The Affordable Care Act (“ACA”) The American Health Care Act (“AHCA”) The Better Care Reconciliation Act (“BCRA”) The Obamacare Repeal Reconciliation Act (“ORRA”) Republican “Skinny Bill”
Insurers are required to label offerings by metal tier: Bronze, Silver, Gold, & Platinum. Tiers indicate to consumers how much is covered by insurance versus what is out of pocket (in addition to premiums).  Lowest plan (bronze) must have an AV of 60% (meaning consumer responsible for 40% of costs). Repeals metal tier system with no alternate plan for consumers to understand average out of pocket costs when comparing plans. Plans can be sold that cover less than 60% of all costs. Bronze plans must cover at least 58% AV.
The Cruz Amendment (which failed a procedural vote on July 25th) would permit states to waive the EHB requirement for insurers, so long as they also offer at least one gold plan (80% AV), one silver plan (70% AV), and one bronze plan (58% AV).
There would be no benchmark plans. The ACA’s policy would remain in effect.

 


 

VIII. Pre-Existing Conditions

 

The Affordable Care Act (“ACA”) The American Health Care Act (“AHCA”) The Better Care Reconciliation Act (“BCRA”) The Obamacare Repeal Reconciliation Act (“ORRA”) Republican “Skinny Bill”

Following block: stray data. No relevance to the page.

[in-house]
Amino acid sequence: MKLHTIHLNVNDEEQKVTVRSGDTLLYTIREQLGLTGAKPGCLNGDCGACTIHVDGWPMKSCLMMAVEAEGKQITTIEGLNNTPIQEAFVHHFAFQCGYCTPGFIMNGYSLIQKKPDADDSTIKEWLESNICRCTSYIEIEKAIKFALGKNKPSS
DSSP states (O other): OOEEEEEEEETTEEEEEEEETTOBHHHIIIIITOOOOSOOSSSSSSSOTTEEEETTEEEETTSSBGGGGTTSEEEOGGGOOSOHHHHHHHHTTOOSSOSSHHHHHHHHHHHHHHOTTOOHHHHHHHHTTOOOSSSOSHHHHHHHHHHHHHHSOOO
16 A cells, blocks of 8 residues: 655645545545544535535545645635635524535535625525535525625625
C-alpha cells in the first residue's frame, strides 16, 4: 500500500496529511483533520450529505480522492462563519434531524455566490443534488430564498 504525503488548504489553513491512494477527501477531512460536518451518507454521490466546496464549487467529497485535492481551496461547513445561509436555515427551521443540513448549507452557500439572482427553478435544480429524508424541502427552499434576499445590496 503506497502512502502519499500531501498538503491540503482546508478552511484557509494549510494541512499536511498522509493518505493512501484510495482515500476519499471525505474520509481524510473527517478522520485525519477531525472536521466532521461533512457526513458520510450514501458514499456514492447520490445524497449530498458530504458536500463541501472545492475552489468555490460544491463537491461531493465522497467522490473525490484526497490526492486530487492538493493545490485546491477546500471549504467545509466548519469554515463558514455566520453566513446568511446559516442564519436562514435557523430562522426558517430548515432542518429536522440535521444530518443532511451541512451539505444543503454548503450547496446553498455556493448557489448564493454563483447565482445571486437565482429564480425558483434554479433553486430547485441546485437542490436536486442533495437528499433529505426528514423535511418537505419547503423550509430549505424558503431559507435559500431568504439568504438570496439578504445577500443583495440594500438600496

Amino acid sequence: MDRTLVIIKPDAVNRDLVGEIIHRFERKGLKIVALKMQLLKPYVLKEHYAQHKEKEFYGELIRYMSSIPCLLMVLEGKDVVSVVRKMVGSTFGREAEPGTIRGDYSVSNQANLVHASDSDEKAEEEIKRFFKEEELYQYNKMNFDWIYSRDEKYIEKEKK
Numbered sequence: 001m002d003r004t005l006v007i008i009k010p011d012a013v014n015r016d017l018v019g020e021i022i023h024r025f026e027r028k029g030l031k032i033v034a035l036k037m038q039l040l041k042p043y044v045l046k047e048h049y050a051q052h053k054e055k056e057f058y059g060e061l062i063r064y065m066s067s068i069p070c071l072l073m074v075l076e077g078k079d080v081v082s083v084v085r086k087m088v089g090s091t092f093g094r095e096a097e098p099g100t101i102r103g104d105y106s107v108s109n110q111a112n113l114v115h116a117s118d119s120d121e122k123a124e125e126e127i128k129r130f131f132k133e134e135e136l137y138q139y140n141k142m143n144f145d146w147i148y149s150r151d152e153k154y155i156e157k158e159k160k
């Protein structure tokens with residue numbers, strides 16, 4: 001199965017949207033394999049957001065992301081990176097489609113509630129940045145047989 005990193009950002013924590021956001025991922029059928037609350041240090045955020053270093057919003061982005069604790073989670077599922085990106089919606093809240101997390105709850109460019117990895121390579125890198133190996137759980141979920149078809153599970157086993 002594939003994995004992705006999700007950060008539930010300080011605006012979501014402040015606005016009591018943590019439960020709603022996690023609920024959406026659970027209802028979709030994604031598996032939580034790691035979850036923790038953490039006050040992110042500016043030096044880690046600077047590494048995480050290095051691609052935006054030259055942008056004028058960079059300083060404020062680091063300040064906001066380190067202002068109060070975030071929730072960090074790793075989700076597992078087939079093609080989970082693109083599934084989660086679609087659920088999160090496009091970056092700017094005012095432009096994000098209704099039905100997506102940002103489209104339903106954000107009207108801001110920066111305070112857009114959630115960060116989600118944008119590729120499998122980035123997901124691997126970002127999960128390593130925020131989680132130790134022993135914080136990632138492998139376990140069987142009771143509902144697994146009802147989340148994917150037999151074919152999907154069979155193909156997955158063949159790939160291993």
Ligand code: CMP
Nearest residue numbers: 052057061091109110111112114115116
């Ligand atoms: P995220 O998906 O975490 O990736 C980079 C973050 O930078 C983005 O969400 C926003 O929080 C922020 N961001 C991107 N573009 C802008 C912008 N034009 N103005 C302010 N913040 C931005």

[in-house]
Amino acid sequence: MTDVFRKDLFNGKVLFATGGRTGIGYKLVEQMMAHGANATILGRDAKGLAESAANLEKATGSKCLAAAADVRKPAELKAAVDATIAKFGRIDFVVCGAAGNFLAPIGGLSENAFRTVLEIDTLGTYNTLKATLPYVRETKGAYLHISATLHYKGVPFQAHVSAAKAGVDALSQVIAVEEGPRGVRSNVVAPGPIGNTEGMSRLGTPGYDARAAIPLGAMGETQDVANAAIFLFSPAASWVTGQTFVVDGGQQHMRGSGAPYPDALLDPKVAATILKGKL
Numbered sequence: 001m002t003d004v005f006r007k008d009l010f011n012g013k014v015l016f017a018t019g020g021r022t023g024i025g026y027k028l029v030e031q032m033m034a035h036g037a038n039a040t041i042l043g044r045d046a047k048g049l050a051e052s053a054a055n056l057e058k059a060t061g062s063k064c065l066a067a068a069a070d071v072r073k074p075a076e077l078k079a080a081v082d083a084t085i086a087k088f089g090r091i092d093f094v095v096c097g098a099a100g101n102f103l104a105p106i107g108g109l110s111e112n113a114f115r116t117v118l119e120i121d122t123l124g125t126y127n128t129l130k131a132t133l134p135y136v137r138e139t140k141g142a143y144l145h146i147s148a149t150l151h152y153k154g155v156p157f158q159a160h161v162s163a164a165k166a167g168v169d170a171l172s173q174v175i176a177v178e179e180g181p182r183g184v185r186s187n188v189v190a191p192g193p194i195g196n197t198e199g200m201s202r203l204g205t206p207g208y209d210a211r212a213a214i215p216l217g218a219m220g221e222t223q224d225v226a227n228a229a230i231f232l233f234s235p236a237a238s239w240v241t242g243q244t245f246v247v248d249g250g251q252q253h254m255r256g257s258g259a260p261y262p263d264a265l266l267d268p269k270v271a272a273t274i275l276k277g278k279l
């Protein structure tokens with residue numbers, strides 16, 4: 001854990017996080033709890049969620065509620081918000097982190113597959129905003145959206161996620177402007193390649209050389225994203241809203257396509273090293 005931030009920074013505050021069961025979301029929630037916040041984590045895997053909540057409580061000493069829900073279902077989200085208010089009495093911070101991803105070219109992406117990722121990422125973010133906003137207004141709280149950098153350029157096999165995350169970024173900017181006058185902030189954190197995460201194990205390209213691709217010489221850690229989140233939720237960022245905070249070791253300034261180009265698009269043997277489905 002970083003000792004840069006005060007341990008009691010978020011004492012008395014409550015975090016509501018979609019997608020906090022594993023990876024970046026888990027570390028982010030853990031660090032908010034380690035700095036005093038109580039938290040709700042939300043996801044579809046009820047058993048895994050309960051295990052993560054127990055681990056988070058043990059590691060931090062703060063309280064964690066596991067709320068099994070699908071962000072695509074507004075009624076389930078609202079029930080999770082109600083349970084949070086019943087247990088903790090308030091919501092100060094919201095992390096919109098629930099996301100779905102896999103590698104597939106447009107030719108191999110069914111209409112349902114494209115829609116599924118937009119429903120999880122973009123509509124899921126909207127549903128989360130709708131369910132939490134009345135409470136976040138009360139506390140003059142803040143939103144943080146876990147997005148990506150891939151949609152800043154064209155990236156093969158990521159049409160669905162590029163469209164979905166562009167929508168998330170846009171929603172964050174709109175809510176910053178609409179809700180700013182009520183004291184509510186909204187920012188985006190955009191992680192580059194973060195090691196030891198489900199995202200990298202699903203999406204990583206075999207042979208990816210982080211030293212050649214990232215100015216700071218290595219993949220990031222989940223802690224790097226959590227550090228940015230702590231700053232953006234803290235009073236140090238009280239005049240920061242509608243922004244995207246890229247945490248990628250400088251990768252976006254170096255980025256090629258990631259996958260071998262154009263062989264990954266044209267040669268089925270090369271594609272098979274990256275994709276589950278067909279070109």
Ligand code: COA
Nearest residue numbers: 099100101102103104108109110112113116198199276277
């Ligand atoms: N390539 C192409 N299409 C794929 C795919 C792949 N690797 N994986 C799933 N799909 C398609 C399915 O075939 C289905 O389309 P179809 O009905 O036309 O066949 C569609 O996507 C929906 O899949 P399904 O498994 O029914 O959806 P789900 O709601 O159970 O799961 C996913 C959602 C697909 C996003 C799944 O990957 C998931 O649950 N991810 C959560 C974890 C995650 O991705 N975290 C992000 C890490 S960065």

Patients cannot be denied insurance coverage on this basis; community ratings prohibit charging more to a person based on pre-existing condition. People with pre-existing conditions must be covered but states can seek waivers that allow insurers to charge more based on health status. Maintains the ACA’s rules on pre-existing conditions, but states could waive the Essential Health Benefits requirement which could eliminate coverage for certain services that people with pre-existing conditions rely upon
The Cruz Amendment (which failed a procedural vote on July 25th) would permit states to allow insurance companies to consider pre-existing conditions when charging customers, as long as they also offer plans that do not consider pre-existing conditions.